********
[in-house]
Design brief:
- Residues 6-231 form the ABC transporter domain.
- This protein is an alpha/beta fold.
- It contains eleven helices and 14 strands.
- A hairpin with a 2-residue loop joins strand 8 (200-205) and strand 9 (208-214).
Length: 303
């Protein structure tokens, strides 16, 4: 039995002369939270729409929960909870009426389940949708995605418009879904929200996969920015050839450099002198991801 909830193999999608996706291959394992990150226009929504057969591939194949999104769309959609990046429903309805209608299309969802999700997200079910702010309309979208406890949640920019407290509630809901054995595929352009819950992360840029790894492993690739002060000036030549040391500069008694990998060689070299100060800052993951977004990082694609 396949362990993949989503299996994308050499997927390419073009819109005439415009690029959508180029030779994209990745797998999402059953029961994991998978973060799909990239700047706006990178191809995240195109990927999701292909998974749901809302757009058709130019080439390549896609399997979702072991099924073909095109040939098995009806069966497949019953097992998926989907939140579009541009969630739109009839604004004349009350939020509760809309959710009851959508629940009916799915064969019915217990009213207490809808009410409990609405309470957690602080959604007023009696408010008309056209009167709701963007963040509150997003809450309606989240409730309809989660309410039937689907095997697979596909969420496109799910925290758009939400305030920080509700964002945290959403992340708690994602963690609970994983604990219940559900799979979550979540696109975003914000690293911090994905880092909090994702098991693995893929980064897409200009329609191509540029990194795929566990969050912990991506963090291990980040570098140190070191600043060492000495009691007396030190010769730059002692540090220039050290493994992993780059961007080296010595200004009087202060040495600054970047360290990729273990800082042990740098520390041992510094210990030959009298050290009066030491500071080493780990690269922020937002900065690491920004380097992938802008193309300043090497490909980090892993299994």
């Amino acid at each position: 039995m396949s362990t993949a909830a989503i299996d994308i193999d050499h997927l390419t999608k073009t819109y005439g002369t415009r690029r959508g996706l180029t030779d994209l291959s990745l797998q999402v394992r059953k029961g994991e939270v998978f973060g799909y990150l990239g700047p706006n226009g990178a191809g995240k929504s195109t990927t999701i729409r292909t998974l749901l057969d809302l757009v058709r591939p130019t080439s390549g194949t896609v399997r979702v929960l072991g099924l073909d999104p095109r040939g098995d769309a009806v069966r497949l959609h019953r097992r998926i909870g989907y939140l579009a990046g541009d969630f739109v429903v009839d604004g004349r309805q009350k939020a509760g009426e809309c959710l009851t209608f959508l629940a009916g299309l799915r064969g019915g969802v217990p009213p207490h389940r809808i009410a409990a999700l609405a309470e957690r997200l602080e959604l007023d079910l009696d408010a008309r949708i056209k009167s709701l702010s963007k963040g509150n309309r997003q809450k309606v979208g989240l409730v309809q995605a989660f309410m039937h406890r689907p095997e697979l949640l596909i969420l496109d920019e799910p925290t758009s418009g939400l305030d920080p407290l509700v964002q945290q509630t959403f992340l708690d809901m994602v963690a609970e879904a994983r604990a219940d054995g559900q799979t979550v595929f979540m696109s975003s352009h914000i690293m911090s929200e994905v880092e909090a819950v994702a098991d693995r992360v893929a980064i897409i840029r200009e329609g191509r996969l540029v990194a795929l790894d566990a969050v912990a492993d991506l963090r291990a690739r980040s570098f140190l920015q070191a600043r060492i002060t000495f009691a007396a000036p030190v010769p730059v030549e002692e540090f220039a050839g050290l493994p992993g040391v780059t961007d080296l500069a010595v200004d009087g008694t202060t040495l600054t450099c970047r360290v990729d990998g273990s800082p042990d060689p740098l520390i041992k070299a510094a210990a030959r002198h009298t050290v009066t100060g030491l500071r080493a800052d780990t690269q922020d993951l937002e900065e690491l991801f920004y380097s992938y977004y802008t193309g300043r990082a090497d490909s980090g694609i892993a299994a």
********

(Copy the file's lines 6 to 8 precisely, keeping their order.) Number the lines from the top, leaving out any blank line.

- A hairpin with a 2-residue loop joins strand 8 (200-205) and strand 9 (208-214).
Length: 303
């Protein structure tokens, strides 16, 4: 039995002369939270729409929960909870009426389940949708995605418009879904929200996969920015050839450099002198991801 909830193999999608996706291959394992990150226009929504057969591939194949999104769309959609990046429903309805209608299309969802999700997200079910702010309309979208406890949640920019407290509630809901054995595929352009819950992360840029790894492993690739002060000036030549040391500069008694990998060689070299100060800052993951977004990082694609 396949362990993949989503299996994308050499997927390419073009819109005439415009690029959508180029030779994209990745797998999402059953029961994991998978973060799909990239700047706006990178191809995240195109990927999701292909998974749901809302757009058709130019080439390549896609399997979702072991099924073909095109040939098995009806069966497949019953097992998926989907939140579009541009969630739109009839604004004349009350939020509760809309959710009851959508629940009916799915064969019915217990009213207490809808009410409990609405309470957690602080959604007023009696408010008309056209009167709701963007963040509150997003809450309606989240409730309809989660309410039937689907095997697979596909969420496109799910925290758009939400305030920080509700964002945290959403992340708690994602963690609970994983604990219940559900799979979550979540696109975003914000690293911090994905880092909090994702098991693995893929980064897409200009329609191509540029990194795929566990969050912990991506963090291990980040570098140190070191600043060492000495009691007396030190010769730059002692540090220039050290493994992993780059961007080296010595200004009087202060040495600054970047360290990729273990800082042990740098520390041992510094210990030959009298050290009066030491500071080493780990690269922020937002900065690491920004380097992938802008193309300043090497490909980090892993299994």